“Kelly thinks young children probably experience an inconsistent bedtime like having jet-lag.” If the time switches from 7:00 to 9:00 to 10:00 to 8:00, the kids experience a jet-lag effect and behavior problems increase. Just like adults, kids are lethargic, become cranky and can have difficulty interacting with others. As parents, we want our kids to be able to handle some of the social expectations that we encounter during the holidays – parties, shopping, and last-minute changes in the family schedule.

We have this biological clock deep inside the brain called the suprachiasmatic nucleus. “This tiny cluster of nerve cells, no bigger than a grain of rice, is super-sensitive to sunlight and other light coming in through our eyes. At the end of the day, when the ambient light starts to fade, a brain hormone called melatonin starts to rise, causing drowsiness.”

Sleep researcher Russell Rosenberg says that children have this rise in melatonin earlier in the evening than teenagers or adults. The natural time for young children to fall asleep is around 7 or 8 o’clock at night. It’s very important to turn off light sources starting about 30 minutes before bedtime. Make it a part of the routine: TV off, computers off, and video games definitely OFF, then brush teeth, read and snuggle into bed. This way, the child’s natural melatonin release will maintain a healthy level in the body and help your child drift naturally off to sleep.

Over the holidays, remember to get your child Brainjogging every day, twice daily, as a way to keep the brain healthy and more prepared to face the inconsistencies that come with the holiday season! If you have questions or need a boost of cheerleading, contact Camp Academia at!

Time Change Advantage!

Monday, November 11th, 2013 by admin

Now that the time change has gone into effect, it’s a perfect opportunity to be reminded about the importance of good sleep. Children require 10-12 hours of sleep each night, and if your child uses a nightlight this research may be of even more interest to you.

A recent study out of Ohio State University found that the color of the nightlight affected the mood of hamsters. The little critters who were exposed to blue or white light at night exhibited more depressive-like symptoms and depression-related changes in the brain than those exposed to red light.

The findings suggest that exposing the brain to brighter light in the sleeping hours could result in negative effects on health. You may even consider changing the bathroom nightlight to a red bulb. “Light at night may result in parts of the brain regulating mood receiving signals during time of the day when they shouldn’t,” Tracy Bedrosian, a co-author of the study, suggested. “This may be why light at night seems to be linked to depression in some people.”

Now that the kids are a bit more willing to go to bed as it turns darker earlier, it is important that parents look after their brain health, even during sleep. Camp Academia has experienced much success with children who have sleep issues. Brainjogging each and every day can improve academic, athletic and emotional health and well-being! 5-7 minutes twice a day is all it takes to improve a child’s brain effectiveness!

Back-To-School Bootcamp!

Monday, August 19th, 2013 by admin


Departing summer hath assumed
An aspect tenderly illumed,
The gentlest look of spring;
That calls from yonder leafy shade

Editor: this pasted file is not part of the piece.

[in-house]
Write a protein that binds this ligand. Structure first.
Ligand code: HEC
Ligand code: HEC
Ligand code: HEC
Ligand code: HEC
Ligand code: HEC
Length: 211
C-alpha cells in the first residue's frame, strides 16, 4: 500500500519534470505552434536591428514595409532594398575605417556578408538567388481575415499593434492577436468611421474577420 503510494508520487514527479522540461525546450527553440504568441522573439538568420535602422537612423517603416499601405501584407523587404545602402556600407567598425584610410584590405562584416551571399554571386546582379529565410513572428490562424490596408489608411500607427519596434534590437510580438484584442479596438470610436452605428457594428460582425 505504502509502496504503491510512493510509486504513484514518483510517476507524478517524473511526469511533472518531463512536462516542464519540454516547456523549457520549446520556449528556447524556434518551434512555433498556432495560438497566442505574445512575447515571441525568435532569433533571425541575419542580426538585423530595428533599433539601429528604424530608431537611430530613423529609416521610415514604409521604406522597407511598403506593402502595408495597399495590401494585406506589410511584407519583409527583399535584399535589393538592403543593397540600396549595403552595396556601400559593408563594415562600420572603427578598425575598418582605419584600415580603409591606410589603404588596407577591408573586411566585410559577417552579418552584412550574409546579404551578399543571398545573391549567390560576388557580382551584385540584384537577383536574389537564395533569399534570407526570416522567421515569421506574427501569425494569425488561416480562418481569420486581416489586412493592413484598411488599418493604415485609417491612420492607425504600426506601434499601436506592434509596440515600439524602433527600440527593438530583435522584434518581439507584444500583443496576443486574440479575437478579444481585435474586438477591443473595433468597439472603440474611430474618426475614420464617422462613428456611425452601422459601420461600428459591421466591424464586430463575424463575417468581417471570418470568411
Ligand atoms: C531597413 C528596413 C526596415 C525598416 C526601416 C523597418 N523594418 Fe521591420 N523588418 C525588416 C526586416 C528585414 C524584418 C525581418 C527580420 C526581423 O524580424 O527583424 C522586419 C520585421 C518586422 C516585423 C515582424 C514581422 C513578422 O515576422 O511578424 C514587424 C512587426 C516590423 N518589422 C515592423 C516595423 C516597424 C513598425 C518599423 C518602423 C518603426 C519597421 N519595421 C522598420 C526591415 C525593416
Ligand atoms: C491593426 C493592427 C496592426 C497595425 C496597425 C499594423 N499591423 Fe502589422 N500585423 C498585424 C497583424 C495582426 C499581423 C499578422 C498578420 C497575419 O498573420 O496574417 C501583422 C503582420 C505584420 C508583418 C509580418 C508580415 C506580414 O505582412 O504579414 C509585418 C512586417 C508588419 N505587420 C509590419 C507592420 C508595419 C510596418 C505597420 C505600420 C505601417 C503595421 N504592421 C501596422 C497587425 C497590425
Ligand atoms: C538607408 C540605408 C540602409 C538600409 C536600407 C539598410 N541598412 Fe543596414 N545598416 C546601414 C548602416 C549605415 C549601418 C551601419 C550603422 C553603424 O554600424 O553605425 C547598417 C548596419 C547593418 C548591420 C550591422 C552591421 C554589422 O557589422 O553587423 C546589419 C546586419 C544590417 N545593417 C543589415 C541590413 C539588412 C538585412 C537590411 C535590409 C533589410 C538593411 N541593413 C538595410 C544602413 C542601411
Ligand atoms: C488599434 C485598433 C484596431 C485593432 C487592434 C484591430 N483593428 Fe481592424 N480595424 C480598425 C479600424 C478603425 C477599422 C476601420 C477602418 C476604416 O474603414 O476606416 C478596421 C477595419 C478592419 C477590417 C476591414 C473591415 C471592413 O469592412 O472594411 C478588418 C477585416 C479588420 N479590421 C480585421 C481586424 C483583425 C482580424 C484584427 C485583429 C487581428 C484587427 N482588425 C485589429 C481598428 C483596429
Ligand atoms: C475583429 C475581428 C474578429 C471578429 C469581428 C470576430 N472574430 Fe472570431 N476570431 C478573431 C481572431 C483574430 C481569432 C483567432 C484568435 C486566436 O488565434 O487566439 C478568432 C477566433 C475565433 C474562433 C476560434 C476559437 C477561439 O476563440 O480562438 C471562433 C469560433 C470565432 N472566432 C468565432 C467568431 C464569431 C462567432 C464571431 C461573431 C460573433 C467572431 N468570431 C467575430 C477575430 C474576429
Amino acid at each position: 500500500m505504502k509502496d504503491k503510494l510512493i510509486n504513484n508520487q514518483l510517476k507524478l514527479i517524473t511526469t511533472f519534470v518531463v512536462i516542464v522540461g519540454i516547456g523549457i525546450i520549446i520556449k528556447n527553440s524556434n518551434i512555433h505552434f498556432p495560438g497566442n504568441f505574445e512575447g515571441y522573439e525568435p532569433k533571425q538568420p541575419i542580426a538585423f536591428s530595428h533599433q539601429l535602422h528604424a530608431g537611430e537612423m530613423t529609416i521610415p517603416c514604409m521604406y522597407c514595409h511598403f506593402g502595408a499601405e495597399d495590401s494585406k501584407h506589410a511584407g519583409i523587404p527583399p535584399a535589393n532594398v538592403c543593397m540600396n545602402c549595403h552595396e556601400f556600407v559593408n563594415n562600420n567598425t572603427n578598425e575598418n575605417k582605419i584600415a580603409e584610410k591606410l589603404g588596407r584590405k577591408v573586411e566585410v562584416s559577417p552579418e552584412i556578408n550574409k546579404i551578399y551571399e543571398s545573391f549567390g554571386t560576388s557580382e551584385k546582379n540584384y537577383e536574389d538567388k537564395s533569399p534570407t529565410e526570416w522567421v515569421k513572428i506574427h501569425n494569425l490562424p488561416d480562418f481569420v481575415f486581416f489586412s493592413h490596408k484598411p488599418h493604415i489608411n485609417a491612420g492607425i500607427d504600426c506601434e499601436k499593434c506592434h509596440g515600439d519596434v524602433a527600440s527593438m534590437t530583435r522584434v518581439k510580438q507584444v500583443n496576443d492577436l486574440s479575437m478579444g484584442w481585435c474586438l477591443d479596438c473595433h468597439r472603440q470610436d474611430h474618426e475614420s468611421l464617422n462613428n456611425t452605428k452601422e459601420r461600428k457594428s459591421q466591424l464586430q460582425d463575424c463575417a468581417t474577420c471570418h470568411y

Unfaded, yet prepared to fade,
A timely carolling.
– William Wordsworth, September

It’s that time of year! Time to gear up the back-to-school brains, thinking of lists and clothes and activities and forms. As September fast approaches, there are several things you can do now to help your child ease into a new academic year:

Retrain the Body Clock – begin that evening routine. It can be as simple as bathing, brushing teeth, and being in bed with a good book by a specific time;
Cut Off Screen Time – shut down phones and electronics after the dinner hour, providing at least two hours of no stimulation prior to bedtime;
Reward Routine – for every day your child follows the routine, add marbles to a jar or points to a chart. After so many marbles/points, allow your child to pick out his/her favorite cereal or morning breakfast favorite to start off the school year right!

The key is getting your child’s brain to start thinking about thinking! Morning and evening routines must be a part of the preparation for school. Brainjoggers can begin entering NEW VOCABULARY into word lists for the new school year! Get back into the habit of Brainjogging early in the morning and again in the afternoon. If you have suggestions, tricks, or new ideas for helping your school-aged child start off on the right foot, please send in your comments!

Good Luck out there, troops!

Get Your Zzzzzzzz

Monday, August 12th, 2013 by admin

Getting your child to bed at the same time every night could give your child’s brain a boost, reports Researchers at University College London. They found that when 3-year olds have a regular bedtime, they perform better on cognitive tests administered at age 7 than children whose bedtimes were inconsistent. It did not matter whether children went to bed early or late – only that their bed TIME was regular.

Researchers suggested that having inconsistent bedtimes may hurt a child’s cognitive development by disrupting circadian rhythms. It may result in sleep deprivation and affect brain plasiticity at critical ages of brain development. If a child’s sleep is deprived AND inconsistent, the risk for cognitive impairments is even higher.

Researchers found that GIRLS were more negatively affected by this issue than boys. The difference in scores between groups of boys and girls were not statistically significant for reading and spatial tests, but math assessment outcomes were. So what can we do to prevent this?

Get your children going on pre-bedtime routines now before school begins. In order to keep the body’s internal clock in sync with the brain, bedtimes on weekends and in the summer should only be one hour off the normal time. The brain needs that consistency in order to most effectively perform! Help your children develop this healthy habit!